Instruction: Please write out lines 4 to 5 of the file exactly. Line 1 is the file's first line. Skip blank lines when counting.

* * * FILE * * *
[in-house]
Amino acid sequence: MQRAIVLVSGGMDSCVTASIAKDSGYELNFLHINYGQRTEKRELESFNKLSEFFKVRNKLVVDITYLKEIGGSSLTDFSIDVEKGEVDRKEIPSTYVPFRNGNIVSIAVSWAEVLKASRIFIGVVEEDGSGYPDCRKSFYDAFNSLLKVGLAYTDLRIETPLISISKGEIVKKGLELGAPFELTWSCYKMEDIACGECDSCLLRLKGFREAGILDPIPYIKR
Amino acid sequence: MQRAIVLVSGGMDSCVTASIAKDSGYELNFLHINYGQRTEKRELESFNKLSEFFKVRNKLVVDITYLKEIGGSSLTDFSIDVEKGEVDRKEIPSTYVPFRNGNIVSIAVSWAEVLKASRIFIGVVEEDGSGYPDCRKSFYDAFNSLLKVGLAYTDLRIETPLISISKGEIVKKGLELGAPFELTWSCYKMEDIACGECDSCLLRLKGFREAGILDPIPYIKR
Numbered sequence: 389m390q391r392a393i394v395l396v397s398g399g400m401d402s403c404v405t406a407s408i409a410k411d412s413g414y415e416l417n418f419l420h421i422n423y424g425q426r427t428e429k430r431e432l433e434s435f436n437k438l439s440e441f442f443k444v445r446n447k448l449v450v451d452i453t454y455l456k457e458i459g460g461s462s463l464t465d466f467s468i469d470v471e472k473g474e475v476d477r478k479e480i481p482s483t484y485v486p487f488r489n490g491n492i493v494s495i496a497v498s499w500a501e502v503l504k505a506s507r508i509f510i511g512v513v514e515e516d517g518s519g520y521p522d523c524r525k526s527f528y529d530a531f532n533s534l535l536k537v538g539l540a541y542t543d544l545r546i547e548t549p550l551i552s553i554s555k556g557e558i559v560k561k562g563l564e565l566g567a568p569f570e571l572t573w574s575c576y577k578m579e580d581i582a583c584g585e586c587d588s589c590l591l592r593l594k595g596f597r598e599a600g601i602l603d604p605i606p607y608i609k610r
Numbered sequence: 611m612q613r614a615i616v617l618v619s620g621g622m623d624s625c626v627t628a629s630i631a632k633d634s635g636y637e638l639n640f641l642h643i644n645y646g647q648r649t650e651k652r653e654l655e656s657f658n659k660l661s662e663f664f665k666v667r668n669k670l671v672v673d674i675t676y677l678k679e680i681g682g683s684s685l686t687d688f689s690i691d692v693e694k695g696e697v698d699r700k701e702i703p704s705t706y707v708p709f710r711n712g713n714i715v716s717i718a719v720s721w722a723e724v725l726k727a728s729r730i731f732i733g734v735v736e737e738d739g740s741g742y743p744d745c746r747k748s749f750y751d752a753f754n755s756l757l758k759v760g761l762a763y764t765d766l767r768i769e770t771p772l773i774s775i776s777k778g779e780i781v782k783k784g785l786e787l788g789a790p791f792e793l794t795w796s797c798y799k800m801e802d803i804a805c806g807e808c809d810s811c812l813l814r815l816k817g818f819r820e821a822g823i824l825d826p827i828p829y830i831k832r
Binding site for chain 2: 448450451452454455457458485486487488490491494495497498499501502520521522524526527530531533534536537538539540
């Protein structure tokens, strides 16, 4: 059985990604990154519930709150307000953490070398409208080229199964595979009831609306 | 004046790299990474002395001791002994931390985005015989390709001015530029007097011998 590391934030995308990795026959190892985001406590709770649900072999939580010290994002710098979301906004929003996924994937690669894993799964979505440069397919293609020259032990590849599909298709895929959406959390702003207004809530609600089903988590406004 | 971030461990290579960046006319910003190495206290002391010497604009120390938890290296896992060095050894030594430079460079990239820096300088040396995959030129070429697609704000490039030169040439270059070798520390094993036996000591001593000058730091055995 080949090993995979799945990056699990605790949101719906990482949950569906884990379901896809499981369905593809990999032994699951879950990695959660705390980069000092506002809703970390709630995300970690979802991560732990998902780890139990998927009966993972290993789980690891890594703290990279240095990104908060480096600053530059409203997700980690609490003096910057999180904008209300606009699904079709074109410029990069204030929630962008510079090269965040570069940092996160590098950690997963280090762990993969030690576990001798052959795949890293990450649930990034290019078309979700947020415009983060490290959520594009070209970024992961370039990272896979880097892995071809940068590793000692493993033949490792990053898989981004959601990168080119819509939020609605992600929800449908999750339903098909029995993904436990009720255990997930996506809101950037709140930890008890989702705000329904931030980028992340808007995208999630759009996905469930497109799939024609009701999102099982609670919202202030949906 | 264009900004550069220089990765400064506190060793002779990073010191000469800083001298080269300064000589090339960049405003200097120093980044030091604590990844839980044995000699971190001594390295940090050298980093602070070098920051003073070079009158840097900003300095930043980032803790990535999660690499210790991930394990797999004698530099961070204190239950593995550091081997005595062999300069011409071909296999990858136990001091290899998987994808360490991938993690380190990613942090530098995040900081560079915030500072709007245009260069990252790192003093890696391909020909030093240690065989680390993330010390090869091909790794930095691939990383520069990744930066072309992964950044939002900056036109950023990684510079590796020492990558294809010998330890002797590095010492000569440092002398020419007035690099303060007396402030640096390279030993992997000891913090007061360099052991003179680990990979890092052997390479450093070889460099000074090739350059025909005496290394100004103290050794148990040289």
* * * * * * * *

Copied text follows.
Numbered sequence: 389m390q391r392a393i394v395l396v397s398g399g400m401d402s403c404v405t406a407s408i409a410k411d412s413g414y415e416l417n418f419l420h421i422n423y424g425q426r427t428e429k430r431e432l433e434s435f436n437k438l439s440e441f442f443k444v445r446n447k448l449v450v451d452i453t454y455l456k457e458i459g460g461s462s463l464t465d466f467s468i469d470v471e472k473g474e475v476d477r478k479e480i481p482s483t484y485v486p487f488r489n490g491n492i493v494s495i496a497v498s499w500a501e502v503l504k505a506s507r508i509f510i511g512v513v514e515e516d517g518s519g520y521p522d523c524r525k526s527f528y529d530a531f532n533s534l535l536k537v538g539l540a541y542t543d544l545r546i547e548t549p550l551i552s553i554s555k556g557e558i559v560k561k562g563l564e565l566g567a568p569f570e571l572t573w574s575c576y577k578m579e580d581i582a583c584g585e586c587d588s589c590l591l592r593l594k595g596f597r598e599a600g601i602l603d604p605i606p607y608i609k610r
Numbered sequence: 611m612q613r614a615i616v617l618v619s620g621g622m623d624s625c626v627t628a629s630i631a632k633d634s635g636y637e638l639n640f641l642h643i644n645y646g647q648r649t650e651k652r653e654l655e656s657f658n659k660l661s662e663f664f665k666v667r668n669k670l671v672v673d674i675t676y677l678k679e680i681g682g683s684s685l686t687d688f689s690i691d692v693e694k695g696e697v698d699r700k701e702i703p704s705t706y707v708p709f710r711n712g713n714i715v716s717i718a719v720s721w722a723e724v725l726k727a728s729r730i731f732i733g734v735v736e737e738d739g740s741g742y743p744d745c746r747k748s749f750y751d752a753f754n755s756l757l758k759v760g761l762a763y764t765d766l767r768i769e770t771p772l773i774s775i776s777k778g779e780i781v782k783k784g785l786e787l788g789a790p791f792e793l794t795w796s797c798y799k800m801e802d803i804a805c806g807e808c809d810s811c812l813l814r815l816k817g818f819r820e821a822g823i824l825d826p827i828p829y830i831k832r